New PDF release: An Educational War on Poverty: American and British
By Harold Silver
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Additional resources for An Educational War on Poverty: American and British Policy-making 1960-1980
The Institute, created in 1958, launched a 'program of educational intervention at the preschool level' in 1962, and extended the programme to the third grade in 1964, 'recognizing that continuous reinforcement is essential if early gains are to be maintained and elaborated'. The Institute therefore worked on curriculum development, in-service training for teachers, community and parent programmes, and a wide variety of research activities and studies aimed at overcoming learning disabilities - especially in the field of language: Based on the assumption that the child's potential intelligence is not fixed at birth and that his development depends on the quality of his early interaction with the world around him, Institute scientists are actively investigating such variables as socioeconomic status, race, family composition and living arrangements, child rearing practices and language styles as they affect the child's cognitive development.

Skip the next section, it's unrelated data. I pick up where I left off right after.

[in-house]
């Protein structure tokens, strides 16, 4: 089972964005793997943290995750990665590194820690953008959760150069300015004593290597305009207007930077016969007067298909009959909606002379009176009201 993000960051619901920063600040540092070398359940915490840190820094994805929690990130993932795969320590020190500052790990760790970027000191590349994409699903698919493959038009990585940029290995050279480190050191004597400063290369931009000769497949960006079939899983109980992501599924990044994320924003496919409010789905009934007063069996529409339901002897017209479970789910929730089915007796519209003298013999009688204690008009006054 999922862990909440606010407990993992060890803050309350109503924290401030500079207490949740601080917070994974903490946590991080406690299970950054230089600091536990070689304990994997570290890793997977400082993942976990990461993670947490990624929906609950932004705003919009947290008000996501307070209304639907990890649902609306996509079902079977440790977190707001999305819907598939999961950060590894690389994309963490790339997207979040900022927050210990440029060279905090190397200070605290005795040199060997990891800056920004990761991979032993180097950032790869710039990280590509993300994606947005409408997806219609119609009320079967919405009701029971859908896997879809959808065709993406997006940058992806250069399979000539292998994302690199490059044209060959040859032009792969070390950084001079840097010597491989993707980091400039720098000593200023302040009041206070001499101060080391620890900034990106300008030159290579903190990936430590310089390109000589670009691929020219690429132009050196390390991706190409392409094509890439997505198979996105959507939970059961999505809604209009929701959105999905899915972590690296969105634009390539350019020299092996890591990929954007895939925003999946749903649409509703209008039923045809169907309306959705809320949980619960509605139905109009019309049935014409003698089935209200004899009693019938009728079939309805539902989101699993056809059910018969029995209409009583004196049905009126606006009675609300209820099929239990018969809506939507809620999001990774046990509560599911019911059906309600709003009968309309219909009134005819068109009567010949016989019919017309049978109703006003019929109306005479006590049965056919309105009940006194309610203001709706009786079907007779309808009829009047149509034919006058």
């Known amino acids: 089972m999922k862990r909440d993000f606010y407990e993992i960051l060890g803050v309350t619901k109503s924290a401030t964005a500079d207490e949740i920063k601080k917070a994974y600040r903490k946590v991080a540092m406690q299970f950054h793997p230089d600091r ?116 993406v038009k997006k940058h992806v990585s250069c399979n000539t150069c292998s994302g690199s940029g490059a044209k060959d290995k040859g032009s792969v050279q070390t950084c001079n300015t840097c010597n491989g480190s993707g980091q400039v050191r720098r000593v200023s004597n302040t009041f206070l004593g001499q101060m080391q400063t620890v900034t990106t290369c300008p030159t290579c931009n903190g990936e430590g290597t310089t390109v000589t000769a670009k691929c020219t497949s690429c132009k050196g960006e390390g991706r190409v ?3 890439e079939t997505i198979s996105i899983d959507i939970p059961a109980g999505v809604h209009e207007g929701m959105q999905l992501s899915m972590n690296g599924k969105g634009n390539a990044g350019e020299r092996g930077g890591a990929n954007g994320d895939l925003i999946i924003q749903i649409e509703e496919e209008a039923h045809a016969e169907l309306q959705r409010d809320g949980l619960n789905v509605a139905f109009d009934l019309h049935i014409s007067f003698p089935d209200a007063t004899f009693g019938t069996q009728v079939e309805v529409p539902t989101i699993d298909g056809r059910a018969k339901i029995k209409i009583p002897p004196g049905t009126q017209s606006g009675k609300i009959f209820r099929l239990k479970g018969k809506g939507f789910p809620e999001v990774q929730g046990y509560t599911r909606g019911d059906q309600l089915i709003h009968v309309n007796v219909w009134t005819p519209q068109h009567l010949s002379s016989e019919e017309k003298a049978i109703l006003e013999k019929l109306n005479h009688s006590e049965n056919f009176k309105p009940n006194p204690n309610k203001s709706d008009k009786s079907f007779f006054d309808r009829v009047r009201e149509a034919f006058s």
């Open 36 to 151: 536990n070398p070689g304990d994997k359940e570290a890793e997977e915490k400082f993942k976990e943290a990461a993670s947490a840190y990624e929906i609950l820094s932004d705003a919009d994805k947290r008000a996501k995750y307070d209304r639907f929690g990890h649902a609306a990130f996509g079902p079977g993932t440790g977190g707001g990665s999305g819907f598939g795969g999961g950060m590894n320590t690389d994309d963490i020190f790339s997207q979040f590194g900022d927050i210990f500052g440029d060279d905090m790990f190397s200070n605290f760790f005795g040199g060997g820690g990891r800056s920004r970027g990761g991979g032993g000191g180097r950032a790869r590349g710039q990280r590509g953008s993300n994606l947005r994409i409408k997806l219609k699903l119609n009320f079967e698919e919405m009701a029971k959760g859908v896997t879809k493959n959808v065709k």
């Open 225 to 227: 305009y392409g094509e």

Very little of the literature, even that of Iowa, is directly and explicitly concerned with the analysis of education in a context of inequality, poverty or social class. The directions in which the Iowa work had pointed were followed most significantly by Hebb, whose path-breaking Organization of Behavior was published in 1949. Hebb's argument, sustained through this 'neuropsychological theory', as his sub-title described it, was consistent and clear. A variety of research had now demonstrated that 'all learning tends to utilize and build on any earlier learning', so that 'much early learning tends to be permanent', involving a transfer from early to later learning.
There is a discussion, here, as in other contributions, of the impact of machinery on rural conditions, but the school is seen essentially as a contributor to the creative use of leisure and to good citizenship (A: Seay, 1953, 2-8). W. Hunnicutt, who was later to edit a book on urban poverty which contained a picture of acute social and educational problems. His emphasis in 1953 was on the school's increased roles in vocational education, in the prevention of juvenile delinquency and generally in solving what appeared to be residual problems.
An Educational War on Poverty: American and British Policy-making 1960-1980 by Harold Silver